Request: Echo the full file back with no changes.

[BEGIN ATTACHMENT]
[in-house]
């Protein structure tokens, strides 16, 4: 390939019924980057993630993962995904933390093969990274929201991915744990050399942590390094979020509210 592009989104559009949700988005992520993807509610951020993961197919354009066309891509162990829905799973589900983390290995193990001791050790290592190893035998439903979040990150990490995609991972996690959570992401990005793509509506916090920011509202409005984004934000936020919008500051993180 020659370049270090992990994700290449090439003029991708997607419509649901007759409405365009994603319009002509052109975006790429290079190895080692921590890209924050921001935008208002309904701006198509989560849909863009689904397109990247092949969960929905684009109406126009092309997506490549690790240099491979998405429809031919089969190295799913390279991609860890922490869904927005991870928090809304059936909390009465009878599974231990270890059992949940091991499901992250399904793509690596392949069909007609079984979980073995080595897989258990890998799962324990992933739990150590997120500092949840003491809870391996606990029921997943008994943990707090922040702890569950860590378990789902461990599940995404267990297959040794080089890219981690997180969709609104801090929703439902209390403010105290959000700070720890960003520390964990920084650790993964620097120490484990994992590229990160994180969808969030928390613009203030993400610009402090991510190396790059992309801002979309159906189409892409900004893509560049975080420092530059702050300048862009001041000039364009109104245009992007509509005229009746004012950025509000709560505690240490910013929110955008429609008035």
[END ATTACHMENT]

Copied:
[in-house]
């Protein structure tokens, strides 16, 4: 390939019924980057993630993962995904933390093969990274929201991915744990050399942590390094979020509210 592009989104559009949700988005992520993807509610951020993961197919354009066309891509162990829905799973589900983390290995193990001791050790290592190893035998439903979040990150990490995609991972996690959570992401990005793509509506916090920011509202409005984004934000936020919008500051993180 020659370049270090992990994700290449090439003029991708997607419509649901007759409405365009994603319009002509052109975006790429290079190895080692921590890209924050921001935008208002309904701006198509989560849909863009689904397109990247092949969960929905684009109406126009092309997506490549690790240099491979998405429809031919089969190295799913390279991609860890922490869904927005991870928090809304059936909390009465009878599974231990270890059992949940091991499901992250399904793509690596392949069909007609079984979980073995080595897989258990890998799962324990992933739990150590997120500092949840003491809870391996606990029921997943008994943990707090922040702890569950860590378990789902461990599940995404267990297959040794080089890219981690997180969709609104801090929703439902209390403010105290959000700070720890960003520390964990920084650790993964620097120490484990994992590229990160994180969808969030928390613009203030993400610009402090991510190396790059992309801002979309159906189409892409900004893509560049975080420092530059702050300048862009001041000039364009109104245009992007509509005229009746004012950025509000709560505690240490910013929110955008429609008035």